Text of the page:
Pulse Canada and Keep it Clean!
KEEP IT CLEAN provides annual updates as part of its effort to ensure growers and their advisors are aware of the impact certain crop protection products can have on market access. Keep it Clean’s purpose is to help growers protect their investment and ensure their crops meet the requirements of Canada’s domestic and export customers. There are three updates to the 2021 Keep it Clean Product Advisory for pulse crops:
Maximum residue limit (MRL) concerns for diquat (e.g., Reglone) have been effectively resolved, removing it from the advisory for the 2021 growing season. In the fall of 2020, the US EPA established tolerances for diquat on pulse crops that are now harmonized with Canada’s MRLs for pulse crops at 0.9 ppm.
Chickpea growers should be on alert when using the fungicide chlorothalonil (e.g., Bravo ZN) as MRLs for all pulse crops will be revoked in the EU and established at the default level of 0.01 ppm later this growing season. Chickpeas treated with chlorothalonil may pose a marketing risk if exported to the EU, and it is recommended that growers consult with their grain buyer before using this product this growing season. There are no major marketing concerns for chlorothalonil applied to peas or lentils.
Growers will notice the use of a new notation within the 2021 advisory. An “MA” notation was introduced this year to bring further transparency to when a classification is made due to a MRL-related trade issue or a potential market acceptance trade issue. The MA notation has been applied to pre-harvest glyphosate use for peas and lentils as MRLs are established in all major markets; however, potential marketing risks may still be present due to the scrutiny of glyphosate within the global market place.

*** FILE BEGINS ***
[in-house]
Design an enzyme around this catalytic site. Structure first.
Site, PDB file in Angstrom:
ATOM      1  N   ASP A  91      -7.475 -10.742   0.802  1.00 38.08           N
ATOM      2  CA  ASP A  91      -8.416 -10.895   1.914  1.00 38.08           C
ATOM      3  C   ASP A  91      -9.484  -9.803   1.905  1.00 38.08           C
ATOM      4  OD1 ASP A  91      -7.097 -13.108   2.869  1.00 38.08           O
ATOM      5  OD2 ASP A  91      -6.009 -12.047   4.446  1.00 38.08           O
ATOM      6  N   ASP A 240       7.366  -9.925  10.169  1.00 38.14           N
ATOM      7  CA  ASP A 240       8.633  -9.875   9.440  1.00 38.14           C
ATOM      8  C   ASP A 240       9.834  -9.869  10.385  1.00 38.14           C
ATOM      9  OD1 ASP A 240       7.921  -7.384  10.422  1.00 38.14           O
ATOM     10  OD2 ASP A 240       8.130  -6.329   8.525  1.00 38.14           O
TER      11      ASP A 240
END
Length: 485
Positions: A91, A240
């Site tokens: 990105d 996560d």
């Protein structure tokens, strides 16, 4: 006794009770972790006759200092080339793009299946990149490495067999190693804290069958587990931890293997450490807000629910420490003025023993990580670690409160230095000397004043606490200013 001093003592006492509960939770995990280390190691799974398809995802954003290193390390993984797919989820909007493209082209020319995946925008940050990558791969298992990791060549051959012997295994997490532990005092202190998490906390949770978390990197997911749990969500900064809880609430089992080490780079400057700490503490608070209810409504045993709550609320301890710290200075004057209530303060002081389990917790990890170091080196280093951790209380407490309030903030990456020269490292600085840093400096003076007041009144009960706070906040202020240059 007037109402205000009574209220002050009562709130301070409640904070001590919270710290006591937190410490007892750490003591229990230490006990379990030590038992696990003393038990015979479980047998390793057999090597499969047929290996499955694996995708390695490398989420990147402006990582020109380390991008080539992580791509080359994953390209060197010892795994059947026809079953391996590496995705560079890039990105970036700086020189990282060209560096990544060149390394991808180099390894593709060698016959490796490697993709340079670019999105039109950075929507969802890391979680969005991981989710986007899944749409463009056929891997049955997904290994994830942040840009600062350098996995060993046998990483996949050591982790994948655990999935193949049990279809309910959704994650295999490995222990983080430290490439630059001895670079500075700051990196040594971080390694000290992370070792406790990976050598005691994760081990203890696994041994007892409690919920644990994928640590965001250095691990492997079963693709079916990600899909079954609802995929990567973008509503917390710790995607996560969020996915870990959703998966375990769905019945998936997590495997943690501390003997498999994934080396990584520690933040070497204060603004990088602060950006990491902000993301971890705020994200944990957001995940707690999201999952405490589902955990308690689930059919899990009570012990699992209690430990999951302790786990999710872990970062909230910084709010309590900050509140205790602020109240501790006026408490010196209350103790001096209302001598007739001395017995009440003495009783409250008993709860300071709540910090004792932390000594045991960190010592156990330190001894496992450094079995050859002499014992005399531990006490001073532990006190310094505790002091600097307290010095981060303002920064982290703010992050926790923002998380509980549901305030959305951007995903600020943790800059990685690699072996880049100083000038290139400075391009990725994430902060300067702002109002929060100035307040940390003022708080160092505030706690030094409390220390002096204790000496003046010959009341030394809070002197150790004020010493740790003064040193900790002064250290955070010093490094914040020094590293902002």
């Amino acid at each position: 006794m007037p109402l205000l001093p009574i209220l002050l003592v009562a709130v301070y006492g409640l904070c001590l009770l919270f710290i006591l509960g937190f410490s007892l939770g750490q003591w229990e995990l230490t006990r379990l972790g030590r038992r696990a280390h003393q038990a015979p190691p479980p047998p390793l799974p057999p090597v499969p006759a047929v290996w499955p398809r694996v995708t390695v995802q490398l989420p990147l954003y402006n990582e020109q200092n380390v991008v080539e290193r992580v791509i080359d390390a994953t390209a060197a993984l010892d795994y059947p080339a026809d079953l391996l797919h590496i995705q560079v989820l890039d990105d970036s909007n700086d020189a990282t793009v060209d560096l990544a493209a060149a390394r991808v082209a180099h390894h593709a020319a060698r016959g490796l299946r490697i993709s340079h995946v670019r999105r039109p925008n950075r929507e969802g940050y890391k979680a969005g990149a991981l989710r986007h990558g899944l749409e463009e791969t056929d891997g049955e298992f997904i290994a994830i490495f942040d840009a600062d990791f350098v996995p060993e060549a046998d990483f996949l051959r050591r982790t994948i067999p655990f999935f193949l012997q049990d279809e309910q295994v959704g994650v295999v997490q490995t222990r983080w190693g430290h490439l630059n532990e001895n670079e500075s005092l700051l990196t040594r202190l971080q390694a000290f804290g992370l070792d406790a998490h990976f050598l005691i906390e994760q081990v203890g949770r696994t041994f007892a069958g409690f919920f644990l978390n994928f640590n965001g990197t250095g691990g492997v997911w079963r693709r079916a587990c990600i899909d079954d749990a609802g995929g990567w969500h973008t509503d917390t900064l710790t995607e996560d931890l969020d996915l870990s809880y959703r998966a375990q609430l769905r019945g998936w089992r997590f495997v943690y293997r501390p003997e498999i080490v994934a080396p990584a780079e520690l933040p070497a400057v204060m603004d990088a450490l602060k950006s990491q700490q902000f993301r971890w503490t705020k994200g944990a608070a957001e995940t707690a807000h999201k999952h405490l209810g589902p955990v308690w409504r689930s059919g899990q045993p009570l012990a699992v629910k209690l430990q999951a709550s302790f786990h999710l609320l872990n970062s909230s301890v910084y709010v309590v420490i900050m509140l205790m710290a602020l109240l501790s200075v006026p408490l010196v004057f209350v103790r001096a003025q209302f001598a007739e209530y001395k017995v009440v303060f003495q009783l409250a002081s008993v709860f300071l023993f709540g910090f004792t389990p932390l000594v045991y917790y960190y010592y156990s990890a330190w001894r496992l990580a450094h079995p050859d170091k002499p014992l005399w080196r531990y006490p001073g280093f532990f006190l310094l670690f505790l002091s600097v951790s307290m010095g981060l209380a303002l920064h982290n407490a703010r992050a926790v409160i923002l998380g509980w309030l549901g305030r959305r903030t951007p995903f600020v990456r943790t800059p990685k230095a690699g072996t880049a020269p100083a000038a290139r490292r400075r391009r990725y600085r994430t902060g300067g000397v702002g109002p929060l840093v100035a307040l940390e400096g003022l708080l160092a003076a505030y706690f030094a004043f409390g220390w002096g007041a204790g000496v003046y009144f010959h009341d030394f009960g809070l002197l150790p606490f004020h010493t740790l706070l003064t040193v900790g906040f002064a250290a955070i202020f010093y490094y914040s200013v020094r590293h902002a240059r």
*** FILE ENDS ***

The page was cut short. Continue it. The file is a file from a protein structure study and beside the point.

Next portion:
UPDATES FOR NON-PULSE CROPS
Growers can also find important information for cereal and canola crops within the Keep it Clean Product Advisory. For cereal crops, growers should be aware of potential marketing risks associated with the use pre-harvest glyphosate, saflufenacil and chlormequat. For canola, growers can now treat their crop with metconazole (e.g., Quash) and quinclorac.
WHAT CAN YOU DO TO MITIGATE RISK?
With Canada exporting 85 percent of its pulses, the success of our industry depends on maintaining access to key international markets. To protect your investment and ensure your crops are acceptable in all markets, use acceptable pesticides only — those that are registered for use in Canada and won’t create a trade concern, and always read and follow the crop protection product label.
Improper or off-label use of crop protection products may result in unacceptable residue levels that can jeopardize a producer’s marketing options, as well as market access for all Canadian crops.
Consult the Keep it Clean Product Advisory, which outlines what crop protection products may restrict marketing options due to missing or misaligned MRLs in our export markets or market acceptance issues by certain buyers.
THE WORK BEHIND KEEP IT CLEAN
Pulse Canada, the Canola Council of Canada and Cereals Canada continuously monitor potential marketing risks in major export markets and will communicate these risks back to the value chain while effort is taken to address the risks. We also encourage all life science companies to commercialize new crop protection products responsibly, which means making sure that any market access issues or other potential problems have been addressed before a new product is introduced or before a new use is added to the label.
The process of responsible commercialization is voluntary and relies on a strong commitment to open communication and co-operation throughout the value chain. With rare exceptions, co-operation throughout the industry has been very strong. In
addition, we are always working with the Canadian government and industry partners to encourage other trading nations to adopt more consistent review processes and import rules.
More information at keepingitclean.ca or follow @KICCanada on Twitter.
If you have any questions on the program, please reach out to Greg Bartley, Director of Crop Protection and Crop Quality with Pulse Canada at GBartley@pulsecanada.com